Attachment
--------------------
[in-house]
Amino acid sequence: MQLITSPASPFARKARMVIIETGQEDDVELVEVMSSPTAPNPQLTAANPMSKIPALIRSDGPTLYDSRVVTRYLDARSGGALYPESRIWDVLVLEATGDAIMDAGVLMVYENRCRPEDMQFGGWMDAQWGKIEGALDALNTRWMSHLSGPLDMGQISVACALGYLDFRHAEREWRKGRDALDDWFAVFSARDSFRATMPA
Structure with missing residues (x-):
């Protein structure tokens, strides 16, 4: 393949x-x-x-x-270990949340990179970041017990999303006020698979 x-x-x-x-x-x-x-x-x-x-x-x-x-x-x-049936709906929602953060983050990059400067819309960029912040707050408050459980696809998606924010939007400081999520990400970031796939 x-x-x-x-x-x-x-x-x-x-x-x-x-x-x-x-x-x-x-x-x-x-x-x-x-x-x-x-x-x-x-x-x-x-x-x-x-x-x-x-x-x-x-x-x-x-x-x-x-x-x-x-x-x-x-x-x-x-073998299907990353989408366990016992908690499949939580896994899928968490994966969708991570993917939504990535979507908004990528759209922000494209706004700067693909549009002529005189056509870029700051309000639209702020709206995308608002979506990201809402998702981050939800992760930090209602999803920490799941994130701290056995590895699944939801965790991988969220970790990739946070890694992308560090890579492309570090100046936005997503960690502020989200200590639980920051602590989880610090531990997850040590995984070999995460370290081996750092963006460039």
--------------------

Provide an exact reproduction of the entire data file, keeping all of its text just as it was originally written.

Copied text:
[in-house]
Amino acid sequence: MQLITSPASPFARKARMVIIETGQEDDVELVEVMSSPTAPNPQLTAANPMSKIPALIRSDGPTLYDSRVVTRYLDARSGGALYPESRIWDVLVLEATGDAIMDAGVLMVYENRCRPEDMQFGGWMDAQWGKIEGALDALNTRWMSHLSGPLDMGQISVACALGYLDFRHAEREWRKGRDALDDWFAVFSARDSFRATMPA
Structure with missing residues (x-):
């Protein structure tokens, strides 16, 4: 393949x-x-x-x-270990949340990179970041017990999303006020698979 x-x-x-x-x-x-x-x-x-x-x-x-x-x-x-049936709906929602953060983050990059400067819309960029912040707050408050459980696809998606924010939007400081999520990400970031796939 x-x-x-x-x-x-x-x-x-x-x-x-x-x-x-x-x-x-x-x-x-x-x-x-x-x-x-x-x-x-x-x-x-x-x-x-x-x-x-x-x-x-x-x-x-x-x-x-x-x-x-x-x-x-x-x-x-x-073998299907990353989408366990016992908690499949939580896994899928968490994966969708991570993917939504990535979507908004990528759209922000494209706004700067693909549009002529005189056509870029700051309000639209702020709206995308608002979506990201809402998702981050939800992760930090209602999803920490799941994130701290056995590895699944939801965790991988969220970790990739946070890694992308560090890579492309570090100046936005997503960690502020989200200590639980920051602590989880610090531990997850040590995984070999995460370290081996750092963006460039």